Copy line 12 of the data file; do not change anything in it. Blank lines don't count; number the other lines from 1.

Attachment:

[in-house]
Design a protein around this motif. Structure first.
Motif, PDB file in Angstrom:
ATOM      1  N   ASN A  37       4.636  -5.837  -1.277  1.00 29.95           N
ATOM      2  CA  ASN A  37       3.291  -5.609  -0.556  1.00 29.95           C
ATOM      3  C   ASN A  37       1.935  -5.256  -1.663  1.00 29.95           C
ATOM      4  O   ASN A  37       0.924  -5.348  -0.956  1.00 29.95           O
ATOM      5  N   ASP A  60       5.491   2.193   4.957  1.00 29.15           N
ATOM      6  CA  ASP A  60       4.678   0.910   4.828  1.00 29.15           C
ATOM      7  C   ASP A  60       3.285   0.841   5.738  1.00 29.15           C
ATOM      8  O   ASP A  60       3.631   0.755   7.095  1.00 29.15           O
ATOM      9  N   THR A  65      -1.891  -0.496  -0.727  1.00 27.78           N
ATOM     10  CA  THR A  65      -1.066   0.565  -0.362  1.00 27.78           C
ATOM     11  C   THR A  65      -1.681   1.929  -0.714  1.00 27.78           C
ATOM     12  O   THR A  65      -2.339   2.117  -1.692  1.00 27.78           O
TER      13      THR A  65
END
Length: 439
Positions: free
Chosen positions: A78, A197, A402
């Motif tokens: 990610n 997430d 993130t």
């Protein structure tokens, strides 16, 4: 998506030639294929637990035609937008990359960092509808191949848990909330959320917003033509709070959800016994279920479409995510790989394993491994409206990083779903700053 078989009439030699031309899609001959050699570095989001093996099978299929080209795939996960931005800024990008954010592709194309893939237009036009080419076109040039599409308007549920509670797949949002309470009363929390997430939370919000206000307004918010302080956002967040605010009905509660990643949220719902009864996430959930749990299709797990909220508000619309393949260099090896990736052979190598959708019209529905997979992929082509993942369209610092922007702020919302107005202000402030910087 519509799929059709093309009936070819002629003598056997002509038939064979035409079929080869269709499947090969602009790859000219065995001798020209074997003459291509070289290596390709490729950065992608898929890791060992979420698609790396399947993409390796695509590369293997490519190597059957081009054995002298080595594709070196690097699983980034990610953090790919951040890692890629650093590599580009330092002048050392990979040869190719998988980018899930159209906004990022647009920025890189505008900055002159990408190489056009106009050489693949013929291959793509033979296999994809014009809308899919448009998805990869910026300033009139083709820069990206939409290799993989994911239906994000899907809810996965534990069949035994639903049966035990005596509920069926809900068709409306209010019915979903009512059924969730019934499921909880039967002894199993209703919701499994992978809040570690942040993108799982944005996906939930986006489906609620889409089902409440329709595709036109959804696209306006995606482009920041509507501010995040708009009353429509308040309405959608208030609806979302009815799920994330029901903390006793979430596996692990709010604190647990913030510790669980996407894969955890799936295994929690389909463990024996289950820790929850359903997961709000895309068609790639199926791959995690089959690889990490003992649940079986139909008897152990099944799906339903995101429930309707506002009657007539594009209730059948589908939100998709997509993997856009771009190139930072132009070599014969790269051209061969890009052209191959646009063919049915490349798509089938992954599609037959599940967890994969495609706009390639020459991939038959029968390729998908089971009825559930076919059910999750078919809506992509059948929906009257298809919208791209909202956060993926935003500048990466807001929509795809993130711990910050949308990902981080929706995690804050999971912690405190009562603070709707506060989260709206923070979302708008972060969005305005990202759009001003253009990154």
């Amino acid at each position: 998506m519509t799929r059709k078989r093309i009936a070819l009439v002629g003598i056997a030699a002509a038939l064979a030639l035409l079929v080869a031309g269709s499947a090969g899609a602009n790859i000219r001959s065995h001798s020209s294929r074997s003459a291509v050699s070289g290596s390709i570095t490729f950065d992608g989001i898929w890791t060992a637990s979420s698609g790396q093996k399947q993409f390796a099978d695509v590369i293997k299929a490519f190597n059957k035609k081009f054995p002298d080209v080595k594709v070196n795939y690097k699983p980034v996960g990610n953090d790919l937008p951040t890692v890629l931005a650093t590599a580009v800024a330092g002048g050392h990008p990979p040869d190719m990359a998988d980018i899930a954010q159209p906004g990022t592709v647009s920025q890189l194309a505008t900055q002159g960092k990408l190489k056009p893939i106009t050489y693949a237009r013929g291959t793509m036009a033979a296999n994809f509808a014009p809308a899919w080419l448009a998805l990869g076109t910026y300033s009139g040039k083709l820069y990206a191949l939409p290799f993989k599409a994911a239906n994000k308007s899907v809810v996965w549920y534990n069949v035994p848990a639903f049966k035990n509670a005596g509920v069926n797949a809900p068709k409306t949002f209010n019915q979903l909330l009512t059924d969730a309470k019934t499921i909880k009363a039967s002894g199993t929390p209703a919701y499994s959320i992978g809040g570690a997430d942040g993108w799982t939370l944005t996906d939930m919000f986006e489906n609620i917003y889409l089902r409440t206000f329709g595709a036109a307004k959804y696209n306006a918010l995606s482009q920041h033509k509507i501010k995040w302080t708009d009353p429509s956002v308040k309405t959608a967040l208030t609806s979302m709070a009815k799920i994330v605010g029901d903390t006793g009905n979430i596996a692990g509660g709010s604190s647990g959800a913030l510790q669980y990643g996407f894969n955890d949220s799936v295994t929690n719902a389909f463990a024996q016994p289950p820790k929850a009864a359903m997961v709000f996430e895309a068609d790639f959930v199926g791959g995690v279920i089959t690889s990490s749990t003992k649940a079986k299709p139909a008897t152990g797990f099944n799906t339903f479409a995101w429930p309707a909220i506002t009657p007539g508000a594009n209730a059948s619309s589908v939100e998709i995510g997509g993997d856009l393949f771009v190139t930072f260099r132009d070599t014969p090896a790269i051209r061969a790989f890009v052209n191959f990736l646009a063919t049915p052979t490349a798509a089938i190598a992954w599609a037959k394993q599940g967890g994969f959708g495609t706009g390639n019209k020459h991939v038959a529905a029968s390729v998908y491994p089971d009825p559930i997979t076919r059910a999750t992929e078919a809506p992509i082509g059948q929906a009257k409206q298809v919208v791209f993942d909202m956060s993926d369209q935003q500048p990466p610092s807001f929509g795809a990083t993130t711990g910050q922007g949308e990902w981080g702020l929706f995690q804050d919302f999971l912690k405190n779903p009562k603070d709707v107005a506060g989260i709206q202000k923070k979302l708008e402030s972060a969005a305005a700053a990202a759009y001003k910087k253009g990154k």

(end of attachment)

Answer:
ATOM      9  N   THR A  65      -1.891  -0.496  -0.727  1.00 27.78           N